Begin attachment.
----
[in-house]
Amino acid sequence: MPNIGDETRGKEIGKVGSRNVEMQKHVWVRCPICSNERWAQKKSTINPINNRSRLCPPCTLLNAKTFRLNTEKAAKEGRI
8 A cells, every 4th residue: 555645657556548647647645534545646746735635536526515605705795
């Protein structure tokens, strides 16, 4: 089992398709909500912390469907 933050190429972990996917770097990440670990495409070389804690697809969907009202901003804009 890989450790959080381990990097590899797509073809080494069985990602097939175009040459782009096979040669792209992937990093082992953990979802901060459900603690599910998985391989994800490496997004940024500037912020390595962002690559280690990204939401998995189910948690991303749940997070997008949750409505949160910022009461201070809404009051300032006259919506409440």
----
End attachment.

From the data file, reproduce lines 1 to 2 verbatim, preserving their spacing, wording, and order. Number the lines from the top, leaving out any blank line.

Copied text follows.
[in-house]
Amino acid sequence: MPNIGDETRGKEIGKVGSRNVEMQKHVWVRCPICSNERWAQKKSTINPINNRSRLCPPCTLLNAKTFRLNTEKAAKEGRI